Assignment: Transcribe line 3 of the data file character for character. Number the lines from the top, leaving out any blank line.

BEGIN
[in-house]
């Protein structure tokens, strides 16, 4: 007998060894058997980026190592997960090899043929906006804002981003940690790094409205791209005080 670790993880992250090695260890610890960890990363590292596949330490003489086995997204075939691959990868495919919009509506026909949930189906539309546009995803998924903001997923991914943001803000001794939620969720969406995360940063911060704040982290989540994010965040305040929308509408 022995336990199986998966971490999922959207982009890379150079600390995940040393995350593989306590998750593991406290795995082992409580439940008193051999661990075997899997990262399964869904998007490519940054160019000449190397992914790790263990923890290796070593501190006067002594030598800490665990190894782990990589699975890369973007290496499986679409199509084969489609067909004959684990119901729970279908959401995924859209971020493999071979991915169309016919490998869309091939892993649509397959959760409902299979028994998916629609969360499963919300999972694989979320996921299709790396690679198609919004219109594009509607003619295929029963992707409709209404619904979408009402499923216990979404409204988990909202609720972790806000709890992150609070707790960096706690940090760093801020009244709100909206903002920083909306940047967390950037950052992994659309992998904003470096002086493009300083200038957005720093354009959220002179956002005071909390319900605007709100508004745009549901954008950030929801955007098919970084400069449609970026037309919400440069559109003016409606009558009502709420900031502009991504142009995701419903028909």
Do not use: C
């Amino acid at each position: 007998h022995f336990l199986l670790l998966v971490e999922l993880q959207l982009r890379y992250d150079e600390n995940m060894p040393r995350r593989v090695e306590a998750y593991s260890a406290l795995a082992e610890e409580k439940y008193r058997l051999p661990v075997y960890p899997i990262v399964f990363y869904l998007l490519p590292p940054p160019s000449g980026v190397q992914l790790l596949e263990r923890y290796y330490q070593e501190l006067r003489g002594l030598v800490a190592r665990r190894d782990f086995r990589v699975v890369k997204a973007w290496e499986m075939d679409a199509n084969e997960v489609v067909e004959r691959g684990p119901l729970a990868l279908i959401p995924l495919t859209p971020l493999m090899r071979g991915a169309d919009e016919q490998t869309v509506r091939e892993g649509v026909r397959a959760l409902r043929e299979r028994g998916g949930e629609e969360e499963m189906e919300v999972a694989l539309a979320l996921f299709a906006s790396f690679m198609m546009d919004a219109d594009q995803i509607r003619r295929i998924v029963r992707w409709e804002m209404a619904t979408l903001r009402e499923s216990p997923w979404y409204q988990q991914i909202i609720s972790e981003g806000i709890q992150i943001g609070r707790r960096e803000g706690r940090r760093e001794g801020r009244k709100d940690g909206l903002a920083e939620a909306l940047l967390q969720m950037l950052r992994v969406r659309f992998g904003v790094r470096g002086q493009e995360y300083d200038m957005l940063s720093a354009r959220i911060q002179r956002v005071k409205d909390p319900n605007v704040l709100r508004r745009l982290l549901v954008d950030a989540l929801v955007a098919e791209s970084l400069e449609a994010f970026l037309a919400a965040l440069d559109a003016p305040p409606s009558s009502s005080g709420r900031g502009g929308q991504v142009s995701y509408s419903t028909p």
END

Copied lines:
Do not use: C